What is Asian American music, really?
In the decades since its creation, the term “Asian” has become depoliticized; Once a coalition that sought to mobilize collectively against injustice, it has evolved into a demographic – and marked by cavernous contrasts. After the passage of the Immigration and Naturalization Act of 1965, an infusion of Asian immigrants arrived in the United States – both highly skilled workers like my parents, whose entry in the 90s was subject to admission to higher education, and less privileged refugees fleeing war and repression. “For me, it’s interesting how the early Asian American activists, mostly Chinese, Japanese, and sometimes college-educated Filipino Americans, created this identity by protesting the Vietnam War, and decades later, Southeast Asians still don’t really have a seat at the table, ”says Saporiti. Sometimes I wonder if it is even worth holding on to the ideal of Pan-Asian unity, yearning for another hymn like “We are the children”. Contemporary calls for a shared Asian American identity often invoke superficial signifiers – bubble tea, for example – to foster an artificial sense of belonging. Meanwhile, many artists I’ve spoken to don’t like the term “Asian American music” for fear that it might be essentializing or involve a unified aesthetic. There will never be a singular notion of who or what “Asian America” is, and that makes theorizing music so difficult.
On the one hand, it should be remembered that “Asian America” is a construction forged, to a large extent, by war and colonization. Due to the ubiquity of the US military in Asia, so much contemporary music, from the pioneering electronic music of the Yellow Magic Orchestra to the psychedelia-oriented Thai molam, could be considered to have both “Asian” and “American” elements. . The “Original K-Pop Stars,” a handsome South Korean trio known as Kim Sisters, began their careers singing American folk, jazz and country standards to soldiers during the Korean War. Years later, the Vietnam War would not only lead to the creation of Vietnamese rock’n’roll, but Cambodian rock as well, as US military radio crossed borders. “Asian American jazz is cool, but honestly the best ‘Asian American music’ is across the Pacific,” Saporiti says, citing favorites like legendary Indonesian songwriter Iwan Fals and Cambodian singer Ros Sereysothea.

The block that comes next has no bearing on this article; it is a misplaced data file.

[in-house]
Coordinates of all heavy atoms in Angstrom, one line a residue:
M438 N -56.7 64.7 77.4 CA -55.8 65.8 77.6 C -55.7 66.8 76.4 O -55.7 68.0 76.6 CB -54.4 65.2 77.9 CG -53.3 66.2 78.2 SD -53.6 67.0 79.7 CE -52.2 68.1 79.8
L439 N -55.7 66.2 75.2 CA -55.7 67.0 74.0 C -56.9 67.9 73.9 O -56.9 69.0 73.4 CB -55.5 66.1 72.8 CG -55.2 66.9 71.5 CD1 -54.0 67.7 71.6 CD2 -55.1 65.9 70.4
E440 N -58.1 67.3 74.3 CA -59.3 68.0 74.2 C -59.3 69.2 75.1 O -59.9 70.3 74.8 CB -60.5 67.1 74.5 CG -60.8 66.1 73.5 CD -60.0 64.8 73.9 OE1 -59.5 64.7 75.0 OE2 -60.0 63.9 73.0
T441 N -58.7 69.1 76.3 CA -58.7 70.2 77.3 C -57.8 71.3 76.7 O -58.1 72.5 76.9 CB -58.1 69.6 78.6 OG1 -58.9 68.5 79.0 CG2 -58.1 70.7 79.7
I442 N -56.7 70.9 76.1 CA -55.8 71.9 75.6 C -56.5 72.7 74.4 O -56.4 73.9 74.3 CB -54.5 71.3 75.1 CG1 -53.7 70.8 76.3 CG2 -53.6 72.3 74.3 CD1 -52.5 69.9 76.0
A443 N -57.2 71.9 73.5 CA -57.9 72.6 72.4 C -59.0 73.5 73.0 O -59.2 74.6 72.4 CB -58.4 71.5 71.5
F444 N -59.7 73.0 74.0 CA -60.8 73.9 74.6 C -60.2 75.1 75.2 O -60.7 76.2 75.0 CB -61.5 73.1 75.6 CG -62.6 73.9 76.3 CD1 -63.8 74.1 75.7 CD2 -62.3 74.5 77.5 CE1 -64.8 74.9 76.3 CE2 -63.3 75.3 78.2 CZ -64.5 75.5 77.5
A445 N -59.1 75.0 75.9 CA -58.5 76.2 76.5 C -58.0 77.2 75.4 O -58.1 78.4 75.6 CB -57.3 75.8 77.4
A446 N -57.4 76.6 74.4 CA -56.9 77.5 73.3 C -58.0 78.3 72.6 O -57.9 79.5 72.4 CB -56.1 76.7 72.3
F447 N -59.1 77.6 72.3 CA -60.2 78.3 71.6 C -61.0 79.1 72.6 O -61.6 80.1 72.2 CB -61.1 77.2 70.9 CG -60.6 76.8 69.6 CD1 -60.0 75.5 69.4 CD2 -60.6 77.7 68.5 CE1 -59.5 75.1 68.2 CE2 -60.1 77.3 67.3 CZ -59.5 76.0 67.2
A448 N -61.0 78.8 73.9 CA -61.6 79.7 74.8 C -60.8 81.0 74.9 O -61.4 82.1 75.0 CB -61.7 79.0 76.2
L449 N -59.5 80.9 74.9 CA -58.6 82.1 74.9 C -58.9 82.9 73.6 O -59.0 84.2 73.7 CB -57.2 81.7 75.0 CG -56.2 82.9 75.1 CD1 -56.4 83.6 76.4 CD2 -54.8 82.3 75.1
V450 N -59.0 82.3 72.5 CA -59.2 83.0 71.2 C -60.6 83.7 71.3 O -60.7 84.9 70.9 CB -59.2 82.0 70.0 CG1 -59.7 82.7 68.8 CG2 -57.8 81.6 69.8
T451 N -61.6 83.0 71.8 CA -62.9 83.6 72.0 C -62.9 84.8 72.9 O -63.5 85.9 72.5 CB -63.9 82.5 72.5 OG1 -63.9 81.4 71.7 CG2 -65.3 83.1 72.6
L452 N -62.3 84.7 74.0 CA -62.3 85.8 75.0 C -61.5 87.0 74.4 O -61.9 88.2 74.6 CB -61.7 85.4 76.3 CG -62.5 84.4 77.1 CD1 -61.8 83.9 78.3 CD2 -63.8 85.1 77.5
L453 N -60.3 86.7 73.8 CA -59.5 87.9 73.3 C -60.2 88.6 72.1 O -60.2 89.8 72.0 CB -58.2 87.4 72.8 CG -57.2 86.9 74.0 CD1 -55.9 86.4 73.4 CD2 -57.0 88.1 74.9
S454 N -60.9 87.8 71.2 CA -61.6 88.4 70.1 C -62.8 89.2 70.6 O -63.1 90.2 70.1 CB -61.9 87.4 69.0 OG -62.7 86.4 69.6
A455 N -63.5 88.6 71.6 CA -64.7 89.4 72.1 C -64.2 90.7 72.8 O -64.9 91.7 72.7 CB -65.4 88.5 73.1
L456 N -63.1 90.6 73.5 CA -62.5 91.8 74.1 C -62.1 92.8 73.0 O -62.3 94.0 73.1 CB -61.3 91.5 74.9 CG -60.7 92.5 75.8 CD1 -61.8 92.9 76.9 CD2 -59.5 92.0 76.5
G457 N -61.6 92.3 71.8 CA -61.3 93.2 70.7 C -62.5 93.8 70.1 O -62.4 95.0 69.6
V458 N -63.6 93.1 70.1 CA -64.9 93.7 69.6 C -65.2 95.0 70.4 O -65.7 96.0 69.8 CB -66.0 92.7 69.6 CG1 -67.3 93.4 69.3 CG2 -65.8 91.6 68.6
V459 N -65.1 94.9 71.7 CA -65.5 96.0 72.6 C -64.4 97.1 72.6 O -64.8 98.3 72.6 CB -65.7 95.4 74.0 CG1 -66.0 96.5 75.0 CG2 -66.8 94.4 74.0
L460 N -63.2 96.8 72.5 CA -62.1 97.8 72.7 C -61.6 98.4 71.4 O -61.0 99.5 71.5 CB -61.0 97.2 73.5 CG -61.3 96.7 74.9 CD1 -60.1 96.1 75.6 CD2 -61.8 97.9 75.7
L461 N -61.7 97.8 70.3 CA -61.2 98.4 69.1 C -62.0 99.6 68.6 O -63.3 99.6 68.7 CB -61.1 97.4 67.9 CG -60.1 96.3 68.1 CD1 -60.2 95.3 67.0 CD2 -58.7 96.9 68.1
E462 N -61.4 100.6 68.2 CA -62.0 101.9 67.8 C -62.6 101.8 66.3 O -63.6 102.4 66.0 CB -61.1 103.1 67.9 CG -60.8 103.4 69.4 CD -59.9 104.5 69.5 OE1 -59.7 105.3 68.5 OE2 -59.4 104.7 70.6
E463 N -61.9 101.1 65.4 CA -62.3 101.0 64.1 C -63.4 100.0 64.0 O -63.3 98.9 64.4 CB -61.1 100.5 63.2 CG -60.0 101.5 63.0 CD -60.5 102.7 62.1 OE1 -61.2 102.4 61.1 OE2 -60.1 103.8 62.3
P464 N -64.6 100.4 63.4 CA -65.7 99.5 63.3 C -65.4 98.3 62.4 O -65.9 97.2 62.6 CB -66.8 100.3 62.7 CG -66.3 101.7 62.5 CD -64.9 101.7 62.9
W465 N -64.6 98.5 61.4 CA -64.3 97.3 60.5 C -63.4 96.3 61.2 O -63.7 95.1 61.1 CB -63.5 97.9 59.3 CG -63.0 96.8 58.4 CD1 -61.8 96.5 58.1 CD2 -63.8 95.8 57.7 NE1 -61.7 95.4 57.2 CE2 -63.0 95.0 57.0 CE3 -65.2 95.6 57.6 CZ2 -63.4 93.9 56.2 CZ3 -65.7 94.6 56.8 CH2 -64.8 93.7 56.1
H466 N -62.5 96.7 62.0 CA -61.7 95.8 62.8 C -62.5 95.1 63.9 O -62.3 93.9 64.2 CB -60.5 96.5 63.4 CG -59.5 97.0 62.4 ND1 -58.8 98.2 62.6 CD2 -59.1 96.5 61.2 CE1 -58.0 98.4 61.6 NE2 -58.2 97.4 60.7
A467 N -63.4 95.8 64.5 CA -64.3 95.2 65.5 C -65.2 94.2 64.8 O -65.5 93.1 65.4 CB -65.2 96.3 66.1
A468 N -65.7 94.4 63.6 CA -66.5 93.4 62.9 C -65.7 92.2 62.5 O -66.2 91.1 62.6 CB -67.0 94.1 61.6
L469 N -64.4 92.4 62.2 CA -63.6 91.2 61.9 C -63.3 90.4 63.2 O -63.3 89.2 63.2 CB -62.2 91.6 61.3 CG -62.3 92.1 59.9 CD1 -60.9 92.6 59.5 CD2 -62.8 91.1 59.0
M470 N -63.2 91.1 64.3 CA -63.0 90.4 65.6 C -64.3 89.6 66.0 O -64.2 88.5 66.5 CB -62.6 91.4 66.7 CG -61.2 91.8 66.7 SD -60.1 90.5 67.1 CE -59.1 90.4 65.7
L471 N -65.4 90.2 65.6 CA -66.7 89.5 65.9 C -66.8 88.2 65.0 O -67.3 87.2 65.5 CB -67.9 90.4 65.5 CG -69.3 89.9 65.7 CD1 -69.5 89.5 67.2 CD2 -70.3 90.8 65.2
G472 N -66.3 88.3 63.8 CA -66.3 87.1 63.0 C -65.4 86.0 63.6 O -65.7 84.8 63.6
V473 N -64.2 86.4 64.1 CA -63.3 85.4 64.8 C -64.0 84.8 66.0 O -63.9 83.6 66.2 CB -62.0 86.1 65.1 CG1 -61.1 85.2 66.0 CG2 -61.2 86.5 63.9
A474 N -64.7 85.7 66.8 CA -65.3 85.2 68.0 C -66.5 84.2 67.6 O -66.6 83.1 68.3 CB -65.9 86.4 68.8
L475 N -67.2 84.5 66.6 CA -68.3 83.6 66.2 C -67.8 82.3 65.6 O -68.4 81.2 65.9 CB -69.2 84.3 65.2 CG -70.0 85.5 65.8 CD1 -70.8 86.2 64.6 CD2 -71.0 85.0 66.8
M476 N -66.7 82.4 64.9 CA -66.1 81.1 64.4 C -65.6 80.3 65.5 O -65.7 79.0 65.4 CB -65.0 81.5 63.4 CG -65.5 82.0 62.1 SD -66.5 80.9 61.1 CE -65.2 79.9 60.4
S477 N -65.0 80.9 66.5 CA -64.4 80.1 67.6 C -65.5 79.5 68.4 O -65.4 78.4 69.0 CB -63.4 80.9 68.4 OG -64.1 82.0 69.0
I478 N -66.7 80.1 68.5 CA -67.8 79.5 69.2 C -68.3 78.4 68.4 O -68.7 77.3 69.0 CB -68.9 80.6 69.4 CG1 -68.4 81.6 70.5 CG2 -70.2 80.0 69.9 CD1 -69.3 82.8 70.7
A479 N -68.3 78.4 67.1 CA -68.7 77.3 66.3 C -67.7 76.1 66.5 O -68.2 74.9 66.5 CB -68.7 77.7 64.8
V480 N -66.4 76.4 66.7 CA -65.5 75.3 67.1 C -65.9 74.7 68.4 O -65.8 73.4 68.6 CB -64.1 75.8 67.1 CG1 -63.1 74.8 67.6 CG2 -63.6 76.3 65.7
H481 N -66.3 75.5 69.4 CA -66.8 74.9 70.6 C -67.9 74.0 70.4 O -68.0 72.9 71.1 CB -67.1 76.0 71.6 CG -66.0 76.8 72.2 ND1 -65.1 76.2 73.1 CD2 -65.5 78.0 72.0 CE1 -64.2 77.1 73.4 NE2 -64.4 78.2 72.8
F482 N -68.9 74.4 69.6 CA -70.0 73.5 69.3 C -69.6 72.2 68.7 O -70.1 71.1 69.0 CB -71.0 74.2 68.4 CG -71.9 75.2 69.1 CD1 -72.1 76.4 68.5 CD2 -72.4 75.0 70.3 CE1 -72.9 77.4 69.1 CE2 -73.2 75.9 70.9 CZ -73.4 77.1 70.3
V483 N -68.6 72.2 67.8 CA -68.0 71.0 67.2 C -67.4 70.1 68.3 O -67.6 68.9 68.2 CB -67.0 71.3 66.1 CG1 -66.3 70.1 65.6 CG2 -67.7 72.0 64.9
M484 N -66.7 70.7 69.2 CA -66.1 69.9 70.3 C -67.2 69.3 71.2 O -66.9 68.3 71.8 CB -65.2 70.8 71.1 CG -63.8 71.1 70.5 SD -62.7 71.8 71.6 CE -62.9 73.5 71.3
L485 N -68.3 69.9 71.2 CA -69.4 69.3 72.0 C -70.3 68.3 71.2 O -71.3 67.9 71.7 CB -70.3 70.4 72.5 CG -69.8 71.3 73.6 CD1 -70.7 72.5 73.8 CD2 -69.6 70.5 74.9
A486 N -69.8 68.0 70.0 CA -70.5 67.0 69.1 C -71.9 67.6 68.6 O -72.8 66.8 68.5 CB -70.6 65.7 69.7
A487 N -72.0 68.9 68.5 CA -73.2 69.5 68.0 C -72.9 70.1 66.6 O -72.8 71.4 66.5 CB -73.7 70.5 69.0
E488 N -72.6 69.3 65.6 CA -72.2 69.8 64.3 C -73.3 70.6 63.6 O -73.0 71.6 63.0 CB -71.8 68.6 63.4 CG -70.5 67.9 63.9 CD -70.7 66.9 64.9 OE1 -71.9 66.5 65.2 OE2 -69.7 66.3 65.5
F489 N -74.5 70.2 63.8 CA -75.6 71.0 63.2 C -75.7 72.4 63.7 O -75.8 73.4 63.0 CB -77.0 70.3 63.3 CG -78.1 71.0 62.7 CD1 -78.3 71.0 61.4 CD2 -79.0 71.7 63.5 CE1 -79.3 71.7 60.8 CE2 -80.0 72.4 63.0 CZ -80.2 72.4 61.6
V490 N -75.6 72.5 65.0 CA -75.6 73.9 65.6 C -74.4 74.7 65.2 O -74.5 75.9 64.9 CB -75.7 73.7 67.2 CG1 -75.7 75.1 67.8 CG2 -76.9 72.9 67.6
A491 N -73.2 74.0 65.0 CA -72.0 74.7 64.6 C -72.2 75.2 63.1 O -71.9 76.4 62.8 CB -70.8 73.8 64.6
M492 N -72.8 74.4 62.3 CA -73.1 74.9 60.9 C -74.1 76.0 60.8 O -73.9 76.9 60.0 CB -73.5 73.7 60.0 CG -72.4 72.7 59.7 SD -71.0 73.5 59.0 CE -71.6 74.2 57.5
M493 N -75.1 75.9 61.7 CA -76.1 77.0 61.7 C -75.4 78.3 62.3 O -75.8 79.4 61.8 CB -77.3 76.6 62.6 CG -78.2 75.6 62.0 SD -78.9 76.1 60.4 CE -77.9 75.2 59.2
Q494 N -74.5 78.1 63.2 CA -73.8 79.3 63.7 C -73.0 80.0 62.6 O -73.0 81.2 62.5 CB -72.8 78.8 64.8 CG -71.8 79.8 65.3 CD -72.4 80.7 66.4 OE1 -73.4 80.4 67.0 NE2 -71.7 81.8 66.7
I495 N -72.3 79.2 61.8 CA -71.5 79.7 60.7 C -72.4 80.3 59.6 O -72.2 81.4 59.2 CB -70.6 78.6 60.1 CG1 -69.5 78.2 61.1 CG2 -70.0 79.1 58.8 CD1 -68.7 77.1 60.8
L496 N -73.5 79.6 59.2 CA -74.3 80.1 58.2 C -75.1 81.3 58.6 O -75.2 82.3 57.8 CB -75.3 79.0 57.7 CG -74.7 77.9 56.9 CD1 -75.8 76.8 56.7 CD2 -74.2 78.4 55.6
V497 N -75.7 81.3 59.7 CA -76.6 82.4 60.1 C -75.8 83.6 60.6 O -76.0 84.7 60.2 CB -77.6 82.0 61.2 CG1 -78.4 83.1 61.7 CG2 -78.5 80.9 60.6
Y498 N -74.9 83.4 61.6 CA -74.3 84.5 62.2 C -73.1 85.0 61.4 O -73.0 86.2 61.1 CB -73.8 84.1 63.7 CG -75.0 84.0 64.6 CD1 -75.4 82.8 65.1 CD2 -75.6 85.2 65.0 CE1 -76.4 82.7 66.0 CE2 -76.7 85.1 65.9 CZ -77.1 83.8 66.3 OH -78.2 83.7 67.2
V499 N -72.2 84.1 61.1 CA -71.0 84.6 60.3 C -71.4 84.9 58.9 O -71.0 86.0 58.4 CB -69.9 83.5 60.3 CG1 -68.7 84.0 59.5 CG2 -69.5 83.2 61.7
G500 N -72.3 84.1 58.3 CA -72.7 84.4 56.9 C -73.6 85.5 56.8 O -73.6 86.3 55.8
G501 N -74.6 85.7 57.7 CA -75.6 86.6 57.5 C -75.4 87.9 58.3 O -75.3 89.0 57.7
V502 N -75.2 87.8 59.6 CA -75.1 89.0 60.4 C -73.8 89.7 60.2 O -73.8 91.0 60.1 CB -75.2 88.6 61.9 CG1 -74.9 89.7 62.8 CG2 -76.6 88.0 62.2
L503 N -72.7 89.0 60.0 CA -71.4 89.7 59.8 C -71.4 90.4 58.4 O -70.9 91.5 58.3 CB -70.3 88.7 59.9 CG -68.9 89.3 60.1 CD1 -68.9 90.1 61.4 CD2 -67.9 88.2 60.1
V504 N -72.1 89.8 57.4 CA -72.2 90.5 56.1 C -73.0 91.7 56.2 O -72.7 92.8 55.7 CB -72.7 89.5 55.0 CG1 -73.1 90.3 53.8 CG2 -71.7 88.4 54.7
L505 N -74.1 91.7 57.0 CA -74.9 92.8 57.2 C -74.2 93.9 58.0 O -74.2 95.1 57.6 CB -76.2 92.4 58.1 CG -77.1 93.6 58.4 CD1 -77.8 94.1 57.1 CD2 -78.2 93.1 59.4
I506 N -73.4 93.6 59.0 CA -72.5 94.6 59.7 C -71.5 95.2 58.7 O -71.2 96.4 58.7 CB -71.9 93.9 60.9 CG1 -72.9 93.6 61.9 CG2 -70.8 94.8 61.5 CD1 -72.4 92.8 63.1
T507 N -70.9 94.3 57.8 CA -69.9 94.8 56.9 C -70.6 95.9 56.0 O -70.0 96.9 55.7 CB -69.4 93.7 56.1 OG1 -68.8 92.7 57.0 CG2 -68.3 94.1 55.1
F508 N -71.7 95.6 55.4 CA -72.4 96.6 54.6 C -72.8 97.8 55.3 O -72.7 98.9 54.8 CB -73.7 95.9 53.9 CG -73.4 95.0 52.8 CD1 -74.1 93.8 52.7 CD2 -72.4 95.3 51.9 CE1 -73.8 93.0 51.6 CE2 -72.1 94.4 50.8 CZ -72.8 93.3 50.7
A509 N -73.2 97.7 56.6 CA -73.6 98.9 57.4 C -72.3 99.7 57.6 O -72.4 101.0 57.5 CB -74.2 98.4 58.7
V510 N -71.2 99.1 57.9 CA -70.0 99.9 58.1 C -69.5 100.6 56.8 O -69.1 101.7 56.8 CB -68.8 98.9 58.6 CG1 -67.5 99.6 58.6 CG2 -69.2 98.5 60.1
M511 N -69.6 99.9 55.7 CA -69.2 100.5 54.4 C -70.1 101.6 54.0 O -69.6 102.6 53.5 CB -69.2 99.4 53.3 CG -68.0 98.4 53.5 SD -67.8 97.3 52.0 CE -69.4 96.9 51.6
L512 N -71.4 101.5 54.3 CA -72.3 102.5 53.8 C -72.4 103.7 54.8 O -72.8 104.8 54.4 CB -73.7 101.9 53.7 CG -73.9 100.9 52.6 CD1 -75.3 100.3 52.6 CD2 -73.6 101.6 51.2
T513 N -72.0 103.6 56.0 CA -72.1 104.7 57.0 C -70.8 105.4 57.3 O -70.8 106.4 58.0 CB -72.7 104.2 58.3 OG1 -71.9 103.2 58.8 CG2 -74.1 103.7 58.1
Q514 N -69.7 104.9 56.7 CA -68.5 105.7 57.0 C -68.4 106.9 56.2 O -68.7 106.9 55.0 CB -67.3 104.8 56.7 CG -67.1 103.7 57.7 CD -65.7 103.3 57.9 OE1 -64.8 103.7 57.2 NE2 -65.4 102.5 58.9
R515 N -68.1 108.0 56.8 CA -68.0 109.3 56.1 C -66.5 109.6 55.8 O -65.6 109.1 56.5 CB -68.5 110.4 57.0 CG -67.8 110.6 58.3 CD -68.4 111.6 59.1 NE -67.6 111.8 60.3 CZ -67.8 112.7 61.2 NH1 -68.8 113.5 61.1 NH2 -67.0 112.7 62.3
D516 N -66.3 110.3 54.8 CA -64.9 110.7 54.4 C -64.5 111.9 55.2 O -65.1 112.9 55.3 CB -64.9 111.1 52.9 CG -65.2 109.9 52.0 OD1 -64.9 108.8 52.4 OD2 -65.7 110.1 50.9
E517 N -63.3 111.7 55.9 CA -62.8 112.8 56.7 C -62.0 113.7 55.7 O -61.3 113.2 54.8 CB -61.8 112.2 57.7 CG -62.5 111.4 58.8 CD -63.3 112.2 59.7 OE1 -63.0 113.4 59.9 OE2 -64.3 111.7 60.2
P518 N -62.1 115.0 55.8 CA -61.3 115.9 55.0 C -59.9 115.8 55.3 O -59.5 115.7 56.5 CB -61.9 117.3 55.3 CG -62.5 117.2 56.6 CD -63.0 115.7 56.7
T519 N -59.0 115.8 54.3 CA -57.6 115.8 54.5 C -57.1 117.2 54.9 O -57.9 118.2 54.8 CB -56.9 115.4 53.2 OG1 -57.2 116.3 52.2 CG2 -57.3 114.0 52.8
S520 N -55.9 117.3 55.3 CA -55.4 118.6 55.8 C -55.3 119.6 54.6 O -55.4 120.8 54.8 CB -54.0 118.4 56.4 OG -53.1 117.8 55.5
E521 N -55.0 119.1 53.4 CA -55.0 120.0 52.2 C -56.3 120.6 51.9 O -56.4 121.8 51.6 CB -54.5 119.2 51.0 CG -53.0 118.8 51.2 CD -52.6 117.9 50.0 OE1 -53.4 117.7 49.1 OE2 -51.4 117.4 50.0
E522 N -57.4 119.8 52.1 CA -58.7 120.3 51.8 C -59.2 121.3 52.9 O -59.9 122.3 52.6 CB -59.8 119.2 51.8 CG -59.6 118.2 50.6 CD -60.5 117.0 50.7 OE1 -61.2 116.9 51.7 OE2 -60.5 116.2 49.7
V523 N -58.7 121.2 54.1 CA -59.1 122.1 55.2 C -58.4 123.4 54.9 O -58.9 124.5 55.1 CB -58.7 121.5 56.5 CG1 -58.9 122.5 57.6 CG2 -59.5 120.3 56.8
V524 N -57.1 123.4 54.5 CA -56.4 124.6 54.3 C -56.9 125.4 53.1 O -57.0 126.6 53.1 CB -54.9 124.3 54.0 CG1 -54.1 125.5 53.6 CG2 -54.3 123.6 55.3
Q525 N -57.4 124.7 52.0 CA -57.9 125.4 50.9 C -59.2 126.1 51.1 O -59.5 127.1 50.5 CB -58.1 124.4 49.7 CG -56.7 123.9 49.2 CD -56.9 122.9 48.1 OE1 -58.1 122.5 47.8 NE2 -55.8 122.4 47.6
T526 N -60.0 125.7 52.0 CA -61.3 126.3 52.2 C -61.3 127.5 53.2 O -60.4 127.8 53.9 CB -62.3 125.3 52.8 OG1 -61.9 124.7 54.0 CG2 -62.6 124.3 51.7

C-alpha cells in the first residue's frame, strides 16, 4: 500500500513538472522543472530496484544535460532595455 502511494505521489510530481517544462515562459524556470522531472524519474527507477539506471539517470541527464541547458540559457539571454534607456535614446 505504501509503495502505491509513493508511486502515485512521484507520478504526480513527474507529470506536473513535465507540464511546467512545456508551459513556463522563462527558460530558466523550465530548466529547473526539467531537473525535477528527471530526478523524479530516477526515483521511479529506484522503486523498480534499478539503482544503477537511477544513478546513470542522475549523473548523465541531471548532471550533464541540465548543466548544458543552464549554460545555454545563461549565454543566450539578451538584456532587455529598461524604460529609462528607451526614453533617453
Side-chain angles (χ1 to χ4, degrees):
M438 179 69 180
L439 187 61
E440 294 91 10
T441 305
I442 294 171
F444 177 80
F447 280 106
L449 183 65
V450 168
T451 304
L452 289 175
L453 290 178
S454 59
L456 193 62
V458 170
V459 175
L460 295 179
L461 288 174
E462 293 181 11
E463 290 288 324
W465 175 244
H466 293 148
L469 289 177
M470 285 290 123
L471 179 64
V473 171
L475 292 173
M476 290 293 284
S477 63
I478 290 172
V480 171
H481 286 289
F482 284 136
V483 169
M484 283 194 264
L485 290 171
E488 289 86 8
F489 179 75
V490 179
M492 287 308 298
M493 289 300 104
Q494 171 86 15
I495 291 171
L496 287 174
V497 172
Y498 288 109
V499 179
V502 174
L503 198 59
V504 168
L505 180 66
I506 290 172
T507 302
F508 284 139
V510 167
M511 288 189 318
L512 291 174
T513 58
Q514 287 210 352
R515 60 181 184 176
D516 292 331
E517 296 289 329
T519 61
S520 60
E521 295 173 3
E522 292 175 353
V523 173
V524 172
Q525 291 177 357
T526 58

It is even more common today that music transcends national borders, is inspired by a mishmash of cultures and languages. Think of MIA, the cheeky Sri Lankan-British rapper who made ‘world music’ in the biggest sense of the word – recording in India, Trinidad and Australia, pulling on British grime, Bollywood, punk, soca, Missy Elliott, and more. Or think of Yaeji, who oscillates harmoniously between English and Korean in his relaxed club pieces; instead of feeling like a barrier, Korean adds an inviting textural element. At the corporate level, one of the most important transnational forces is 88Rising, which, for better or for worse, has tried to rebrand Asia as a brilliant business product, like an Adidas campaign for the East. . Despite the company’s many oversights and blunders, it has opened up unforeseen avenues for global artists, through flashy music videos and PR deployments, a global radio station and now a sister label focused on Filipino music.
There are also contemporary musicians who, like the aforementioned Asian American creative musicians, have adopted and reworked long-standing folk traditions, absorbing them into their own distinct perspectives. Pantayo, a Toronto-based queer and diasporic Filipino quintet, combines kulintang music – with eight gongs arranged horizontally, amid a larger ensemble – from the southern Philippines with pop, R&B and punk. (As one cheeky reviewer described it, it sounds like “Carly Rae Jepsen if CRJ had suffered generational trauma from centuries of colonialism.”) On Lucy Liyou’s recent album Practice, the experimental musician uses text-to-speech technology to awkwardly recreate the vocal patterns of Korean pansori, a type of folk opera storytelling. The awkward rhythms of the speech testify to a strained relationship with his family, a common theme in immigrant households. It reminds me of my childhood: the tedious hours of piano practice, the feeling that my elders will always be a little unknowable to me.
When I was younger, I felt that “Asian American” was an irritating and cumbersome legacy. I did not know the decades of activism and history; all I knew was that I didn’t like having strict parents or being subjected to the occasional racism. I wanted to be spontaneous and brash, to go to parties, to express my political beliefs, to indulge in the fantasy of making serious art – and I didn’t see that freedom as available to me. I thirsted for role models, one who could shake up the rigid and tyrannical ideas I had absorbed about what Asian Americans were allowed to be. Over time, I have become wary of the rhetoric that attributes too much radicalism to the existence of an artist – they are visible; we are of the same race; thus I am empowered. There is a lot of music by Asian American artists that I find uninspired and even embarrassing.
If we say that a piece of music makes us “feel seen”, then we must also analyze what is so invigorating, what it reveals to us about our own subjectivities. We should ask ourselves what new language it offers us, in the finer details of rhythm, tone, metaphor, phrasing. I want more art, and our treatment of it, to help stitch our personal experiences into something more than just isolated narratives. A lingering form of dehumanization against Asian Americans is the erasure of our long-standing involvement in this country, including its music. By looking to the past and to each other, perhaps we could strengthen our sense of collective belonging. We could recognize each other again.